Top Customer Reviews

By Nyghtewynd VINE VOICE on January 3, 2009
Format: Hardcover
McWhorter makes a compelling case for a subject that seems obvious enough only if you are who McWhorter is: one of the world's preeminent linguists. Since he spends all day listening to languages to determine their meaning, why not do the same to hip-hop? And when you take away the beat (which the author claims is the primary draw to it) and the theatrics, what's left is not much. Even today's "conscious" rappers can't seem to fit more than a few sentences of actual message into each song, and the "message" that ends up there isn't much more than an upraised middle finger. Instead of encouraging action through music, the author encourages action through service, work, and education, and all three are more relevant that the political activism that is encouraged by such music. Don't turn it off, but don't rely on it as the be-all, end-all. The author has a very relational, understandable style, and his arguments are fairly tight. Very much worth your time.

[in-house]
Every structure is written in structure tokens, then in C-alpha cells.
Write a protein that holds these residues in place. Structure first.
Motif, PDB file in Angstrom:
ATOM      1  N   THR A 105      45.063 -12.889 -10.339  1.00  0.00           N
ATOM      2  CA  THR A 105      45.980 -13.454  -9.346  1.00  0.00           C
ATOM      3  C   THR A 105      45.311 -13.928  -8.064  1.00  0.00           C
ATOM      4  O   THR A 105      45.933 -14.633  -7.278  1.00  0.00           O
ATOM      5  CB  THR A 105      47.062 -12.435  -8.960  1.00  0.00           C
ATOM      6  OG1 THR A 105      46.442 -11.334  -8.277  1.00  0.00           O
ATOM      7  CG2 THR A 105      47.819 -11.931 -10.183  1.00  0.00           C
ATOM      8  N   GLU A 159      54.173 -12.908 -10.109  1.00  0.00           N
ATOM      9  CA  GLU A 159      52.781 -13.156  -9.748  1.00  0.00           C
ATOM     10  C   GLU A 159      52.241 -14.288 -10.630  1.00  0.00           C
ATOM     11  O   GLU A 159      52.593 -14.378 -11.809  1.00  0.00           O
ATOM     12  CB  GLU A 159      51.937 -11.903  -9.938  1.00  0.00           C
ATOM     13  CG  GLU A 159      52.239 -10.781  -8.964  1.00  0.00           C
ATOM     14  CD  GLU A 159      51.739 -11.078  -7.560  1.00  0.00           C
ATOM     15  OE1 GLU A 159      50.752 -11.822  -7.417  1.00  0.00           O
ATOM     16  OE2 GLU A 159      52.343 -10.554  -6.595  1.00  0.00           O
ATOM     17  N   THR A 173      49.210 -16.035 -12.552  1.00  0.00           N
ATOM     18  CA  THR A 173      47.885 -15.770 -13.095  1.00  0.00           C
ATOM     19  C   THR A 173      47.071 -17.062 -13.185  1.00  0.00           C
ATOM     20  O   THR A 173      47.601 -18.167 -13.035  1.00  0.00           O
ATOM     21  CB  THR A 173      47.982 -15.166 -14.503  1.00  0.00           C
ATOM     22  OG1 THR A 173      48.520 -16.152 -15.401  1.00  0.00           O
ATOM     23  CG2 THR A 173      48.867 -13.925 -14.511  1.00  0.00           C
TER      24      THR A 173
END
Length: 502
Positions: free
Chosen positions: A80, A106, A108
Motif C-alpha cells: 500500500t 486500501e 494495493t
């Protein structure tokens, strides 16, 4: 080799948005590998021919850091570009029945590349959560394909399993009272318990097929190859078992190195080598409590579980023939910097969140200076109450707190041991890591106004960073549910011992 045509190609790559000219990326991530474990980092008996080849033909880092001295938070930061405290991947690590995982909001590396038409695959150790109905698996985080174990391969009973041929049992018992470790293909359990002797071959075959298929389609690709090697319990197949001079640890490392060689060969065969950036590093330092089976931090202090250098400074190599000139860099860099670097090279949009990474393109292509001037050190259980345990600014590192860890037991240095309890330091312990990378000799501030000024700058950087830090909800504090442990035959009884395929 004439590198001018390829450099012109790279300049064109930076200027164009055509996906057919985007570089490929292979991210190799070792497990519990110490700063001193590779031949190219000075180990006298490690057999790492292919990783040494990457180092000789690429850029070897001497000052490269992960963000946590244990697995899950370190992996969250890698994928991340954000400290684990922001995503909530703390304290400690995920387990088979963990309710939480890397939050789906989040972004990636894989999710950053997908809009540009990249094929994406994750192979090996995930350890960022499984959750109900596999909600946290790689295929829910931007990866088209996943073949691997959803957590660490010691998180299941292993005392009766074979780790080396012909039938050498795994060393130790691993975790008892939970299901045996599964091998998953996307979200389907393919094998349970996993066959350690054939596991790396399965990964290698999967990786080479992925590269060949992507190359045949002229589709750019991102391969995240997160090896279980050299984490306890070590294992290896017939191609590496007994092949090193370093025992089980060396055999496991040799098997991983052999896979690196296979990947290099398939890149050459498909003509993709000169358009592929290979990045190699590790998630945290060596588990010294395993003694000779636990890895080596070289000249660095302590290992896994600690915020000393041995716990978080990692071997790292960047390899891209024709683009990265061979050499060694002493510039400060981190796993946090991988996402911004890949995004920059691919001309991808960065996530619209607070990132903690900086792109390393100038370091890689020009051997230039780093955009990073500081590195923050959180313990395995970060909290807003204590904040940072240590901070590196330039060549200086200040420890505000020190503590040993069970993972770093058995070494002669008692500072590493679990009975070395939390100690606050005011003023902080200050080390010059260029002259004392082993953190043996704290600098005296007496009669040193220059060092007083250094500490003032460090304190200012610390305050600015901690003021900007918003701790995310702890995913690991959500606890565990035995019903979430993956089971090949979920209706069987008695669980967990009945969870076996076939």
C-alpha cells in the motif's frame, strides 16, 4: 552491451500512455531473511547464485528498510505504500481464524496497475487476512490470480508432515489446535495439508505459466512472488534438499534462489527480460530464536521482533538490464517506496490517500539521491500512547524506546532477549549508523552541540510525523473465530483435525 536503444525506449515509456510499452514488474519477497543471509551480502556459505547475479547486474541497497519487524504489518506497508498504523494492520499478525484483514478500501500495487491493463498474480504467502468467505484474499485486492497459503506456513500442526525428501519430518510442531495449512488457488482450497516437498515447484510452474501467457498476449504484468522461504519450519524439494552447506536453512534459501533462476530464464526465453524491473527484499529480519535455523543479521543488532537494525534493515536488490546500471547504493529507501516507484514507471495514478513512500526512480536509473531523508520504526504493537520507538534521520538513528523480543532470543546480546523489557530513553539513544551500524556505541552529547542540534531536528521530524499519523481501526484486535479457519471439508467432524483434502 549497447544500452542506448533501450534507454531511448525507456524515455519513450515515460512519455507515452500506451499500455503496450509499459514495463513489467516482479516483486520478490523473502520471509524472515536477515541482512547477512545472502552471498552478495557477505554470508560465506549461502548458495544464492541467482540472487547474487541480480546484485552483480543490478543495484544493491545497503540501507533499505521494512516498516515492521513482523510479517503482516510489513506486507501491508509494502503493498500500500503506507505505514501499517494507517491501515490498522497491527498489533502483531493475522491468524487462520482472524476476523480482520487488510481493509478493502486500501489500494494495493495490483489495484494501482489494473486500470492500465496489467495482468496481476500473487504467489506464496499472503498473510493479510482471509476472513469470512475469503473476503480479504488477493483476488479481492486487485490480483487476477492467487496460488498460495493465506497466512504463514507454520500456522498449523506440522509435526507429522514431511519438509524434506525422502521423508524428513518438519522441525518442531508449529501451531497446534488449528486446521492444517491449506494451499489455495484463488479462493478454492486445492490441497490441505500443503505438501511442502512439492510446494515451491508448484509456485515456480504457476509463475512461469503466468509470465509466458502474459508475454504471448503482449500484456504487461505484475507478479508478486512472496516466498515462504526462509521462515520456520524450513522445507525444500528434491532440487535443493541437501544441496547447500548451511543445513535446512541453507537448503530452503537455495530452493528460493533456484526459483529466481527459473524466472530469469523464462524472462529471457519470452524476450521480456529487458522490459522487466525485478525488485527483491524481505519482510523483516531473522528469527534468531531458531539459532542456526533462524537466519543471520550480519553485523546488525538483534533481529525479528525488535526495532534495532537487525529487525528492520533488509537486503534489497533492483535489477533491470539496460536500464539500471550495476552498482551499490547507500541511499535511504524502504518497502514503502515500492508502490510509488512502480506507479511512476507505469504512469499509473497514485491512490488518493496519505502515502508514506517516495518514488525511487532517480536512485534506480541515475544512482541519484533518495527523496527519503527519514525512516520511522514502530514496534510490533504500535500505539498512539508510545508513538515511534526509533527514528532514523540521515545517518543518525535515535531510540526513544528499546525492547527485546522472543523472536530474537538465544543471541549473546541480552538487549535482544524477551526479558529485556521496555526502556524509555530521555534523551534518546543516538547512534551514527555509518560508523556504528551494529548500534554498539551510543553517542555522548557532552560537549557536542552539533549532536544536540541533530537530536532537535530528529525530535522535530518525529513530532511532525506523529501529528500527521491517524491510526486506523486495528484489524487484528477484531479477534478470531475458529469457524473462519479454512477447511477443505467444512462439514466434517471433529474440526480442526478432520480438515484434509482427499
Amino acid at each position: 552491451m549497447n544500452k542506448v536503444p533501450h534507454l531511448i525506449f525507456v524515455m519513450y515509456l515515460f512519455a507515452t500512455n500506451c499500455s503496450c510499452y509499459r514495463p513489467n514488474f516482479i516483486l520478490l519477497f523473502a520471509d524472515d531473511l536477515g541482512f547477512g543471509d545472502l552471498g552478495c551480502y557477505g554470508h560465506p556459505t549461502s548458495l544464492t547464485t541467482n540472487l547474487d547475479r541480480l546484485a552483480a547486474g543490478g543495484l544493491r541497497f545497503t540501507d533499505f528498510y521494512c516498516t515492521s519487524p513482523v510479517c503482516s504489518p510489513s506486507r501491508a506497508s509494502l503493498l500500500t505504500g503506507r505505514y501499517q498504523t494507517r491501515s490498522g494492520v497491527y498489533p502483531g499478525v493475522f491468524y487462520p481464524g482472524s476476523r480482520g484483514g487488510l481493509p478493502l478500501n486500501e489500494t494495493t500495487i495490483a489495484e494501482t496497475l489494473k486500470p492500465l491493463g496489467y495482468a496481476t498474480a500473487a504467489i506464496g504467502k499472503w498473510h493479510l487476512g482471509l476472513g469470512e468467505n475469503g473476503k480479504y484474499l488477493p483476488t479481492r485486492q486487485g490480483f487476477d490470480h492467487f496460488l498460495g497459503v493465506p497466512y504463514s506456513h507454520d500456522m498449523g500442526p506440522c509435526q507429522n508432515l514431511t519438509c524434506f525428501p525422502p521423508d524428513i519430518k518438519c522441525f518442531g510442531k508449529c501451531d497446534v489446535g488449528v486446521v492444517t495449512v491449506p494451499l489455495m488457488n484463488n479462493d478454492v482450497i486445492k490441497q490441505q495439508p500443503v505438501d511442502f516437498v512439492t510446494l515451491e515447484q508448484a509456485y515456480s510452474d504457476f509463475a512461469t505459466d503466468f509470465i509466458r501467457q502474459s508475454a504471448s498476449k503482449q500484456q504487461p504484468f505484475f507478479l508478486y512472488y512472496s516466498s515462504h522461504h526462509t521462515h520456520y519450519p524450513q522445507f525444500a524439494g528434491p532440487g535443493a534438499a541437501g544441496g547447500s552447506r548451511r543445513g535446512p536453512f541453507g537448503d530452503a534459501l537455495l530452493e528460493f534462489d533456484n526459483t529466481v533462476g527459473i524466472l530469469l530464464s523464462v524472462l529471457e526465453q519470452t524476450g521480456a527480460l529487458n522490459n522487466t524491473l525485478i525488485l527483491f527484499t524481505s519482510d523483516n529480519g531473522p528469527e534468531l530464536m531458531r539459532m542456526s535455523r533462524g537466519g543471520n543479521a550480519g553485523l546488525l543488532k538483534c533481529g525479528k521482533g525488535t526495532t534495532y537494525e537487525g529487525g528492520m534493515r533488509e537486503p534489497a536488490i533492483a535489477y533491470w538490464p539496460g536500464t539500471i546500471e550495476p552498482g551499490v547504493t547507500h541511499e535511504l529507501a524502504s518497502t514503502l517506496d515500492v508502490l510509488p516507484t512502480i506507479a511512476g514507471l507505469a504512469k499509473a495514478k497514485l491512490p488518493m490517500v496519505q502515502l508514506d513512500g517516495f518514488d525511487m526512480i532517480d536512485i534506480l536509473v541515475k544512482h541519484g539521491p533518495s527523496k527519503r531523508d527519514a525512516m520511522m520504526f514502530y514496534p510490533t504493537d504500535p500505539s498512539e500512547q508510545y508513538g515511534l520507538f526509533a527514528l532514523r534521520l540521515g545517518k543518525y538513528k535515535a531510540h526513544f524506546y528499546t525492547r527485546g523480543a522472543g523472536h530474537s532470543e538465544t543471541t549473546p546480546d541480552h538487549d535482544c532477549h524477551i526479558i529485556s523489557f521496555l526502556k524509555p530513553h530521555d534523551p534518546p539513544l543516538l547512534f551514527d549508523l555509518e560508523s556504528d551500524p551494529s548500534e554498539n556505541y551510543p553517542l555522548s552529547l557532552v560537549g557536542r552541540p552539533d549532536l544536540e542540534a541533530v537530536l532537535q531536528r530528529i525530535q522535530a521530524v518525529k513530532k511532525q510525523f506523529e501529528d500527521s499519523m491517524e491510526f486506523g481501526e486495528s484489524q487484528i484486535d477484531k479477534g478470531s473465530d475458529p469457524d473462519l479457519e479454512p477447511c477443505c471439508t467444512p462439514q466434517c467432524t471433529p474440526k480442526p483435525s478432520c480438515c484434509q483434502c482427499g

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Format: Kindle Edition Verified Purchase
"Hip-hop presents nothing useful to forging political change in the real world. It's all about attitude and just that. It's music. Gkood music, but just music." (Kindle edition, loc. 178)

This is the thesis of John McWhorter's "All About the Beat." Hip-hop mlght be good music, but it makes for empty political commentary. It is time, McWhorter says, to treat hip-hop as what it is and not more than what it is.

Before buying this book - and if you are interested in the subject, you really should pick it up - we need to be clear on what this book is NOT. The book is not dissing hip-hop. It is not a conservative screed decrying the lack of family values in hip hop. It is not arguing that hip-hop is ruining the fabric of society. It's point is simply that hip-hop music, often touted as political commmentary laced with a beat, is nothing of the sort; it is music that OCCASIONALLY TRIES (and fails) to be political commentary.